Read more on myDr website

Understanding lactose intolerance Dietitians Association of Australia

Understanding lactose intolerance Lactose intolerance is a set of symptoms caused by the bodysinability to digest lactose properly

Read more on Dietitians Association of Australia website

Lactose intolerance and the breastfed baby | Australian Breastfeeding Association

Lactose intolerance is poorly understood in the Australian community. There are lots of myths and misunderstandings about it, especially when it comes to babies. Primary (or true) lactose intolerance is an extremely rare genetic condition and lactose intolerance is very different to intolerance or allergy to cows' milk protein. This article explains the differences between lactose intolerance and other conditions such as food allergies and lactose overload and dispels some of the myths about lactose intolerance in babies.

Read more on Australian Breastfeeding Association website

Lactose intolerance in babies

Lactose intolerance is a condition when your body cant break down a carbohydrate (sugar) called lactose which is present in cows milk, human breast milk, or any other milk from a mammal.

Read more on WA Health website

Parenting and Child Health - Health Topics - Lactose intolerance in babies

Lactase is an enzyme, or chemical, which the body uses to digest the sugar in milk(lactose). If there is not enough lactase, undigested milk sugar gets into the large bowel and may cause gut pains and diarrhoea. This is called lactose intolerance.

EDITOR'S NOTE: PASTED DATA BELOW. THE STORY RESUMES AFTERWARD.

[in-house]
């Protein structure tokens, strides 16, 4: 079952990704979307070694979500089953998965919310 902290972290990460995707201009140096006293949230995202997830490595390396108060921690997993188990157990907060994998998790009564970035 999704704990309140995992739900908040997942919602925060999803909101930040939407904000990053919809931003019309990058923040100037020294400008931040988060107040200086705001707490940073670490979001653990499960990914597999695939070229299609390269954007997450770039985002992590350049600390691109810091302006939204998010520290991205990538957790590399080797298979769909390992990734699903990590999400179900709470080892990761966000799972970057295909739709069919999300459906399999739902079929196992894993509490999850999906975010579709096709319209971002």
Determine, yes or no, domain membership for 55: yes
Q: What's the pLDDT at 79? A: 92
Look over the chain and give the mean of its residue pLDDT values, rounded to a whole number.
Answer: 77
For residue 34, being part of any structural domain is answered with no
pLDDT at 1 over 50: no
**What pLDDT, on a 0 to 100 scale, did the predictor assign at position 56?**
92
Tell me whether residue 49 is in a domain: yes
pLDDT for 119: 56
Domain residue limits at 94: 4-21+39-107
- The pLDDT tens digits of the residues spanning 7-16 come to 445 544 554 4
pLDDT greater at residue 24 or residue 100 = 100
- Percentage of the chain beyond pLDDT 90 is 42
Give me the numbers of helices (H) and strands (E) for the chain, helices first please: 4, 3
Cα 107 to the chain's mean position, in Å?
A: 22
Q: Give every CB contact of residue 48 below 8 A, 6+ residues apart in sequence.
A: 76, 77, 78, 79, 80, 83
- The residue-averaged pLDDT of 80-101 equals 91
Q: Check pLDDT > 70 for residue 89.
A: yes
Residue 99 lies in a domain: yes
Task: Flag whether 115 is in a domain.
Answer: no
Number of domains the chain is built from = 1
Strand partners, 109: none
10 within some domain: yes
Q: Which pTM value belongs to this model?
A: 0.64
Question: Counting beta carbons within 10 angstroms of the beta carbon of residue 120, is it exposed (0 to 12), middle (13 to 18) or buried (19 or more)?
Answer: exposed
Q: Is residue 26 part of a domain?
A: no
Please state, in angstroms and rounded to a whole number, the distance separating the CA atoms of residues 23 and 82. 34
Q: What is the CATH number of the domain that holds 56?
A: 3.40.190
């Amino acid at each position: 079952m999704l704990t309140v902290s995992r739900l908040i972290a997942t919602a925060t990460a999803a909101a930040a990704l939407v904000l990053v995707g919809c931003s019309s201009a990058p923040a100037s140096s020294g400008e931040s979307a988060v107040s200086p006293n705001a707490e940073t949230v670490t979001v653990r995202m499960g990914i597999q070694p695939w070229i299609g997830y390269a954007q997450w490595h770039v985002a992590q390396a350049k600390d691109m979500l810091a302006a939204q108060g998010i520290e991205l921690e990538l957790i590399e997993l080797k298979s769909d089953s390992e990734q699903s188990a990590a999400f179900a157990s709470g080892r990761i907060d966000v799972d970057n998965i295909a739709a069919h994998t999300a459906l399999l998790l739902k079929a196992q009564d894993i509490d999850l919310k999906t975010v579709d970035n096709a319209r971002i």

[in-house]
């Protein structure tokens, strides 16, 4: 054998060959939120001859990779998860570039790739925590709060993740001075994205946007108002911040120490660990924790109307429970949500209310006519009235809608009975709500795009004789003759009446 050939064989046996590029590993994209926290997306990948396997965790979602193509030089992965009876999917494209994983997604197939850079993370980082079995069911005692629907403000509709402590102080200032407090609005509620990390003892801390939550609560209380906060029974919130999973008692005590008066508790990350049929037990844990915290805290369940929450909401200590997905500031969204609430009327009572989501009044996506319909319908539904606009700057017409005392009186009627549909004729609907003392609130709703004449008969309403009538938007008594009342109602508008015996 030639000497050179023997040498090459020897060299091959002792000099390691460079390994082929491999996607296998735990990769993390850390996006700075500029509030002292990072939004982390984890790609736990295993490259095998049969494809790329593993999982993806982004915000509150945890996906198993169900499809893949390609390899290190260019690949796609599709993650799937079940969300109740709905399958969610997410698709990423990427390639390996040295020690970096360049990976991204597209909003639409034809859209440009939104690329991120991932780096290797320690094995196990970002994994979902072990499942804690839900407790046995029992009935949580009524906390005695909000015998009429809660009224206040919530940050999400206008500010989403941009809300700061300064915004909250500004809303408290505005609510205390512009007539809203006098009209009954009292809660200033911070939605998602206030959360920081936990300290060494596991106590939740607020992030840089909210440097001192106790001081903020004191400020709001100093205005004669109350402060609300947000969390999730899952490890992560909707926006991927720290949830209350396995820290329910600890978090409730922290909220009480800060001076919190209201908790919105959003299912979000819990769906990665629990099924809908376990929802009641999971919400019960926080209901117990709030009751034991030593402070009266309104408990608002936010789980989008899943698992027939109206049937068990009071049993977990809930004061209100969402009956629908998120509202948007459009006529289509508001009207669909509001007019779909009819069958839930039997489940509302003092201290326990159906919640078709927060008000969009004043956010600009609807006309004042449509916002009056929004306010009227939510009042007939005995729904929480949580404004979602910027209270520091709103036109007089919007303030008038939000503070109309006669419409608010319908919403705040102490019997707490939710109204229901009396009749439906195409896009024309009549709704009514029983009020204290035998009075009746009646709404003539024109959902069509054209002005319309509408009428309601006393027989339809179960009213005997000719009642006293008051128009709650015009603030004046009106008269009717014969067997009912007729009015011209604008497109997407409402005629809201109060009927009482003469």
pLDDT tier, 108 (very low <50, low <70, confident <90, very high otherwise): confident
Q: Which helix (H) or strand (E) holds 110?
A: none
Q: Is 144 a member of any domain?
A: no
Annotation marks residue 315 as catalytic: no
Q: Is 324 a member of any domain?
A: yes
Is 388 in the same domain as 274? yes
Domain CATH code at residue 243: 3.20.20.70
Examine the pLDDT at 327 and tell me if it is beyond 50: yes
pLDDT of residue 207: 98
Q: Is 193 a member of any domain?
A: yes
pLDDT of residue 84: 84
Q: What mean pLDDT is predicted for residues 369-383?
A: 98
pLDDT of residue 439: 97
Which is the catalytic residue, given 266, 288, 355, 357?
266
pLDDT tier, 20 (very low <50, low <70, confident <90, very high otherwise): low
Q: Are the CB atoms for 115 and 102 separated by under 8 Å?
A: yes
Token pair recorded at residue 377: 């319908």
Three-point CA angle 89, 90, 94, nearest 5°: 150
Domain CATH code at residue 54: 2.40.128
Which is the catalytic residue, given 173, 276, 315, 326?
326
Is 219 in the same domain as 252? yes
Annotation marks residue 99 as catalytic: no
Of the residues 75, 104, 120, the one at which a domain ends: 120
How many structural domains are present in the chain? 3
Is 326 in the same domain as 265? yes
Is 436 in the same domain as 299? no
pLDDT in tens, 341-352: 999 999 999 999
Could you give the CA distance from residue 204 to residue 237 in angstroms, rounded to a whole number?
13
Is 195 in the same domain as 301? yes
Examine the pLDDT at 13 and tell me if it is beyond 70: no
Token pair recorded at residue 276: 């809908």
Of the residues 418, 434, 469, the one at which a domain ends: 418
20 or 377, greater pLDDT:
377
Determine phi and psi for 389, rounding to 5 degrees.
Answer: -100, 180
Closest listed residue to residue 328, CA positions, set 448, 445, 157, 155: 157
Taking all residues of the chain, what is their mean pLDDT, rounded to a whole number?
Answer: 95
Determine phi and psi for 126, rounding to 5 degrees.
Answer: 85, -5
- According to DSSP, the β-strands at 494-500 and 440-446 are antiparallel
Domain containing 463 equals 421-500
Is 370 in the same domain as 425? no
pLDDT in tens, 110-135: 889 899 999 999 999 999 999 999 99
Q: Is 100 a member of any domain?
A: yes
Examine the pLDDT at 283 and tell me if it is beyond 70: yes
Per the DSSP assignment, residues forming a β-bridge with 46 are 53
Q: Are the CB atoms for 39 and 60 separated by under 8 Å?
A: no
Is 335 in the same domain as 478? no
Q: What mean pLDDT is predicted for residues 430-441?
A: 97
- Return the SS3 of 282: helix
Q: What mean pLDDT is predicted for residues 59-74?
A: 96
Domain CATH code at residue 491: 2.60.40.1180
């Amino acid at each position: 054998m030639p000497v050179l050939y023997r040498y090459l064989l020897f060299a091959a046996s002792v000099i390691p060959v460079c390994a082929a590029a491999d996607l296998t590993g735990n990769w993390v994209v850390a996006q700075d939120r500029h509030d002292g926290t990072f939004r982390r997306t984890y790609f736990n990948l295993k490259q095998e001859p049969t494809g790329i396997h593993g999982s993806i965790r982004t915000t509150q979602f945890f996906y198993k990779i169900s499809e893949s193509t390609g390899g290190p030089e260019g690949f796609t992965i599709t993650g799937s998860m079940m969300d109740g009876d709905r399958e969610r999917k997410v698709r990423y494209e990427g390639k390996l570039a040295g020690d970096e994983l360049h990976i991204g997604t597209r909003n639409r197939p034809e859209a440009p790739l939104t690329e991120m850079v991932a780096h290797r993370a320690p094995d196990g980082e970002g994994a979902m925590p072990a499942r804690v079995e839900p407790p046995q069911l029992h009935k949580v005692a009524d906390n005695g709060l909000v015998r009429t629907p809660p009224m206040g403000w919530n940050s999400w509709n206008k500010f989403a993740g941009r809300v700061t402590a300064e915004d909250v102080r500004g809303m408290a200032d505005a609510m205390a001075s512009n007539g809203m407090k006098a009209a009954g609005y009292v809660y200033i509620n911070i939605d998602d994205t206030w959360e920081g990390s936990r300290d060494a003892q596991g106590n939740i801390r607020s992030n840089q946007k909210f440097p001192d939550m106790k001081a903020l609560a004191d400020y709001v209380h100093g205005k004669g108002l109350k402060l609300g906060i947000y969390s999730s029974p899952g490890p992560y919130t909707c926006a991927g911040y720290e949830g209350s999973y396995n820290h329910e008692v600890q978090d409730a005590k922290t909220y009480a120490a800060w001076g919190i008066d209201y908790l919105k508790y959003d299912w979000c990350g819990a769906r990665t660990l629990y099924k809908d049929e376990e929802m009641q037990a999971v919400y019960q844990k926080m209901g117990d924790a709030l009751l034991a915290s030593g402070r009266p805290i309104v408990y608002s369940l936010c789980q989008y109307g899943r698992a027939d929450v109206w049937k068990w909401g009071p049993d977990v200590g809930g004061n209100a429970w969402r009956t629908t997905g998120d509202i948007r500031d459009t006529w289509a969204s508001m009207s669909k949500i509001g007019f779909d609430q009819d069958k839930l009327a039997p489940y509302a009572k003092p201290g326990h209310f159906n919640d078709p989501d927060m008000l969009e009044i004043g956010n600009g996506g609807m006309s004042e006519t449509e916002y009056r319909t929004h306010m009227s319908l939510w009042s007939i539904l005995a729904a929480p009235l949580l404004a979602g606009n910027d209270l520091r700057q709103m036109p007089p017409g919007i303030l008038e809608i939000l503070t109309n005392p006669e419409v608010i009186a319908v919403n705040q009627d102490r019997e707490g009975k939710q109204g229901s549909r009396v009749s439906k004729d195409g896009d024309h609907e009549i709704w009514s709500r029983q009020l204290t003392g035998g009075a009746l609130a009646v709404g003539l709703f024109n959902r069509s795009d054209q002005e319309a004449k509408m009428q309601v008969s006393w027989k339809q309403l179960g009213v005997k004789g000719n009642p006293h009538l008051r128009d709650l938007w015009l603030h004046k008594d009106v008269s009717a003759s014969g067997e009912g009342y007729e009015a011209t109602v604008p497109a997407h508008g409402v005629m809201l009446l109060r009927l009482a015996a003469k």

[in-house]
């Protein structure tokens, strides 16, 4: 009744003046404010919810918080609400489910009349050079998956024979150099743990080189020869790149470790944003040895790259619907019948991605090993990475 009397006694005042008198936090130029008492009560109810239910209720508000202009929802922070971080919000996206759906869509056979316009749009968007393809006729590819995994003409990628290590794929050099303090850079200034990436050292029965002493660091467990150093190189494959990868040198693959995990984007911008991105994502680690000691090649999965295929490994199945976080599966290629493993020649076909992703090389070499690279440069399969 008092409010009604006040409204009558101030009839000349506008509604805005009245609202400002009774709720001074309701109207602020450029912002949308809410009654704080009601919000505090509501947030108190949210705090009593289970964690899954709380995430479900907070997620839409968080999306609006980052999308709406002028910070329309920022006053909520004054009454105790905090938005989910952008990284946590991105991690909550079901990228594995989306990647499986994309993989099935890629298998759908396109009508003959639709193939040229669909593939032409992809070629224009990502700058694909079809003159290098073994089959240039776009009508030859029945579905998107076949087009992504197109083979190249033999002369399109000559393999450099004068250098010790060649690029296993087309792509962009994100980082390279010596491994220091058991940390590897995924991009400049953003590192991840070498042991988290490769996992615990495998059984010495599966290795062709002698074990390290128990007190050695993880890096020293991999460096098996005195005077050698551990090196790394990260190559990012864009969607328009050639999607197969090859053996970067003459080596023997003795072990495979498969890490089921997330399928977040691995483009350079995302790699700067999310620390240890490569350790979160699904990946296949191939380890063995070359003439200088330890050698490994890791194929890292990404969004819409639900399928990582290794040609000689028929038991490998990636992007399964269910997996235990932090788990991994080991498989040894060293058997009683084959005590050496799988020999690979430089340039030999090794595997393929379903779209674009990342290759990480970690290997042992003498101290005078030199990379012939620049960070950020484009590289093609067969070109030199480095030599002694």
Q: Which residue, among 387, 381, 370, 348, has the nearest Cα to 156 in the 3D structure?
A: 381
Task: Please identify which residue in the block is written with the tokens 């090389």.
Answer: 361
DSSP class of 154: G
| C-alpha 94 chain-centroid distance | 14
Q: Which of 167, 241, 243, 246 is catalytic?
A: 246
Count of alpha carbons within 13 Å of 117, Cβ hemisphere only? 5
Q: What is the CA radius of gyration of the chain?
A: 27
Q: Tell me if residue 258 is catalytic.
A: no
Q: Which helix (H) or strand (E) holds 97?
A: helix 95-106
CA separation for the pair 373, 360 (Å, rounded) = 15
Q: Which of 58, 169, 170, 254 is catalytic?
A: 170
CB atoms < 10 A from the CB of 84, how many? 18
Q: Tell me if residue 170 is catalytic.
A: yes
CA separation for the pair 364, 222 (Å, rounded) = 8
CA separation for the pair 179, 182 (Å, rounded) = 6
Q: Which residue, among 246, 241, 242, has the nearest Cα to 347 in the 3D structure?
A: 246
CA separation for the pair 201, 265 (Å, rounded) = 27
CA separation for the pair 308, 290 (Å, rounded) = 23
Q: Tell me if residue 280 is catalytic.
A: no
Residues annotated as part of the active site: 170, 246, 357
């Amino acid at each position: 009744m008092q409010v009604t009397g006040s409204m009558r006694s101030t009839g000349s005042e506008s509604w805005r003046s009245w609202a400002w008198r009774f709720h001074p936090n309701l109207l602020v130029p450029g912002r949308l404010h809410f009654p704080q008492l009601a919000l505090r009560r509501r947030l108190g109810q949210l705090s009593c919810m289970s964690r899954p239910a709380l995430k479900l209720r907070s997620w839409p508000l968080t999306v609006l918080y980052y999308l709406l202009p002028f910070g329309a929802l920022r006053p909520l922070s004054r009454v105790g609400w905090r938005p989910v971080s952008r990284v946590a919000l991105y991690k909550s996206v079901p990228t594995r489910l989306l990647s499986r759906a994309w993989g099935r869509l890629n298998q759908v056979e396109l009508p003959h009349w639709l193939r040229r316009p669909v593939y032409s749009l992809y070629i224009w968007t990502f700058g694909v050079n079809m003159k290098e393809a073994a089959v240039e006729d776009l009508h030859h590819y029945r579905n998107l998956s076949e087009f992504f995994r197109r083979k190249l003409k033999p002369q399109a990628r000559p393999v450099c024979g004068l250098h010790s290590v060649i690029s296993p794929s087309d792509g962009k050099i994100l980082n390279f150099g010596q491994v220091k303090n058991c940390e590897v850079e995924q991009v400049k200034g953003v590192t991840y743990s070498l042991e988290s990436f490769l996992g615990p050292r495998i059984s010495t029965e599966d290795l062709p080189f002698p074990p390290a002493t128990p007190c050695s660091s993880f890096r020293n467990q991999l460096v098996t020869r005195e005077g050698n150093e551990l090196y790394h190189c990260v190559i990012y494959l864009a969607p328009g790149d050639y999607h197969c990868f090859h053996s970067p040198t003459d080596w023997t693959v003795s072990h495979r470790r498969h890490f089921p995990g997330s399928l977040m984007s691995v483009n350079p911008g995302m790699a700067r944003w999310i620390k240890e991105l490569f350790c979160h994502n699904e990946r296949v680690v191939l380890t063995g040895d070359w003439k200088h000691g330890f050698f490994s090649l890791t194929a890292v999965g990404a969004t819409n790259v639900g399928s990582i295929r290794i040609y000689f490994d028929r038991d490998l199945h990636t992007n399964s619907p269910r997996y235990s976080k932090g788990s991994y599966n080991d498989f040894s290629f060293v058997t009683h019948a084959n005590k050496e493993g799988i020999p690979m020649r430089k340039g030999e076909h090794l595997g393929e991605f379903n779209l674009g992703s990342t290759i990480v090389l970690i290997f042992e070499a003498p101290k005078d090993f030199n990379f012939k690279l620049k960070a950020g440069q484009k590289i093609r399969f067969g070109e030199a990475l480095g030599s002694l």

Read more on Women's and Children's Health Network website

Cows Milk Protein Vs Lactose Intolerance - Reflux Infants Support Association Inc

Discusses the confusion between Lactose Intolerance and Cows Milk Protein Intolerance (CMPI) and looks at the differences between the two.

Read more on Reflux Infants Support Association website

Lactose Intolerance | Nutrition Australia

What is Lactose? Lactose is the carbohydrate naturally found in all kinds of milk, including human milk. It can also be used as an ingredient in some foods.

Read more on Nutrition Australia website

Nutrition for Medical Conditions | myVMC

Many health conditions, including high cholesterol, lactose intolerance, diabetes, pain, cancer and kidney failure, require special diets to meet their nutritional needs or restrictions.

Read more on myVMC – Virtual Medical Centre website

Healthy eating for kids

Encourage healthy eating habits for kids by shopping healthy and planning meals to minimise temper tantrums at the dinner table and keep fussy eaters happy.

Read more on Pregnancy, Birth & Baby website

Healthdirect 24hr 7 days a week hotline

24 hour health advice and information you can count on

1800 022 222

Government Accredited with over 140 information partners

We are a government-funded service, providing quality, approved health information

Australian Government, health department logo ACT Government logo New South Wales government, health department logo Northen Territory Government logo Government of South Australia, health department logo Tasmanian government logo Government of Western Australia, health department logo